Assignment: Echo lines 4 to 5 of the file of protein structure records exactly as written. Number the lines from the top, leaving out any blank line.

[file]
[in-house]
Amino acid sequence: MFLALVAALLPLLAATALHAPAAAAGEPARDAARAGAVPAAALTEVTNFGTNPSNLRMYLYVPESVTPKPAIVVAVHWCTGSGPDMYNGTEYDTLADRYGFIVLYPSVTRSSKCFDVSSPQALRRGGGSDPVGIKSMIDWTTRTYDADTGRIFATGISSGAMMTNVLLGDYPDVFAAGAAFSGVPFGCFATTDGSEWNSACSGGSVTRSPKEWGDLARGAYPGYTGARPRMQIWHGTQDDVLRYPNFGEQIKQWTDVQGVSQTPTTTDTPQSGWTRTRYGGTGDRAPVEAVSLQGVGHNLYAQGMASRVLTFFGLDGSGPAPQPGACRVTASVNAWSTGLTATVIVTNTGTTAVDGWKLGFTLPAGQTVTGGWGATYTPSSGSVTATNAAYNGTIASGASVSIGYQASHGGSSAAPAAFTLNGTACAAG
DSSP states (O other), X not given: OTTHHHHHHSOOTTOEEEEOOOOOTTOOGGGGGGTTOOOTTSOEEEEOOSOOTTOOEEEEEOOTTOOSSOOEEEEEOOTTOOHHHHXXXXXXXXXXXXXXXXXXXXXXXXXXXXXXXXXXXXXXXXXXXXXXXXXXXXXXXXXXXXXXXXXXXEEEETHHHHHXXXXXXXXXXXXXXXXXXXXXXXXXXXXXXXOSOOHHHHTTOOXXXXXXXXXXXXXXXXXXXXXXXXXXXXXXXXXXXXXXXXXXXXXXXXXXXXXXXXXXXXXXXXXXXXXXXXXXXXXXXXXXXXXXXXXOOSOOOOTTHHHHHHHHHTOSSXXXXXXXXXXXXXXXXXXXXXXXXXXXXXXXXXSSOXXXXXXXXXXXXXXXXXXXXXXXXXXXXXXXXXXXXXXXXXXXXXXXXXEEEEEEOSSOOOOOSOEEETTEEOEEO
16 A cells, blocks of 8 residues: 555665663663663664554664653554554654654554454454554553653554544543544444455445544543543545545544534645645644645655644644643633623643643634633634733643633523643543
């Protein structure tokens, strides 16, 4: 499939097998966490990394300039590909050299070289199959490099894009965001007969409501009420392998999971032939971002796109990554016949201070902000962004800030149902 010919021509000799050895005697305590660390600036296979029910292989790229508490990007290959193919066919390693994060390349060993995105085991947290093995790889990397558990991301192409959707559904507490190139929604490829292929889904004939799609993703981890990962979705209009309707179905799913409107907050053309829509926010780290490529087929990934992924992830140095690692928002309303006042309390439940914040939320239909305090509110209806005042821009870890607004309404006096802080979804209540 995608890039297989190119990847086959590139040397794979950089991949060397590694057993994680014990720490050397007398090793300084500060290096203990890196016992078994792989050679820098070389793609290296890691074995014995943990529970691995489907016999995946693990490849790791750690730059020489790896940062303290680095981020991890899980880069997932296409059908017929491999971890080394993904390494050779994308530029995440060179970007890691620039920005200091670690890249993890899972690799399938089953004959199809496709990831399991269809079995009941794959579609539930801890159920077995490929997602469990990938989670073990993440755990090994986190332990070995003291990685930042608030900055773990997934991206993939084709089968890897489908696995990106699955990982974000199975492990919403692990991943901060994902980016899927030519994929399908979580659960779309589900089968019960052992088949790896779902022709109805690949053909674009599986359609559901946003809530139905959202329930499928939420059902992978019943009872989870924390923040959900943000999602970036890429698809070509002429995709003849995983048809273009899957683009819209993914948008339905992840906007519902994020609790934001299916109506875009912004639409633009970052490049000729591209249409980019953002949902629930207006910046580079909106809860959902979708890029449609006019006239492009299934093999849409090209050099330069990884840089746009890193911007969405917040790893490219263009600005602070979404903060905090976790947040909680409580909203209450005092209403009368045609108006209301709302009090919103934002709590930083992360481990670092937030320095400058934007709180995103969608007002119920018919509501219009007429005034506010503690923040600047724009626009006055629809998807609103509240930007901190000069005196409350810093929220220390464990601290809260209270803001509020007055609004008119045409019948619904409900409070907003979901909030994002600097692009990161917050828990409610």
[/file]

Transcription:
16 A cells, blocks of 8 residues: 555665663663663664554664653554554654654554454454554553653554544543544444455445544543543545545544534645645644645655644644643633623643643634633634733643633523643543
């Protein structure tokens, strides 16, 4: 499939097998966490990394300039590909050299070289199959490099894009965001007969409501009420392998999971032939971002796109990554016949201070902000962004800030149902 010919021509000799050895005697305590660390600036296979029910292989790229508490990007290959193919066919390693994060390349060993995105085991947290093995790889990397558990991301192409959707559904507490190139929604490829292929889904004939799609993703981890990962979705209009309707179905799913409107907050053309829509926010780290490529087929990934992924992830140095690692928002309303006042309390439940914040939320239909305090509110209806005042821009870890607004309404006096802080979804209540 995608890039297989190119990847086959590139040397794979950089991949060397590694057993994680014990720490050397007398090793300084500060290096203990890196016992078994792989050679820098070389793609290296890691074995014995943990529970691995489907016999995946693990490849790791750690730059020489790896940062303290680095981020991890899980880069997932296409059908017929491999971890080394993904390494050779994308530029995440060179970007890691620039920005200091670690890249993890899972690799399938089953004959199809496709990831399991269809079995009941794959579609539930801890159920077995490929997602469990990938989670073990993440755990090994986190332990070995003291990685930042608030900055773990997934991206993939084709089968890897489908696995990106699955990982974000199975492990919403692990991943901060994902980016899927030519994929399908979580659960779309589900089968019960052992088949790896779902022709109805690949053909674009599986359609559901946003809530139905959202329930499928939420059902992978019943009872989870924390923040959900943000999602970036890429698809070509002429995709003849995983048809273009899957683009819209993914948008339905992840906007519902994020609790934001299916109506875009912004639409633009970052490049000729591209249409980019953002949902629930207006910046580079909106809860959902979708890029449609006019006239492009299934093999849409090209050099330069990884840089746009890193911007969405917040790893490219263009600005602070979404903060905090976790947040909680409580909203209450005092209403009368045609108006209301709302009090919103934002709590930083992360481990670092937030320095400058934007709180995103969608007002119920018919509501219009007429005034506010503690923040600047724009626009006055629809998807609103509240930007901190000069005196409350810093929220220390464990601290809260209270803001509020007055609004008119045409019948619904409900409070907003979901909030994002600097692009990161917050828990409610």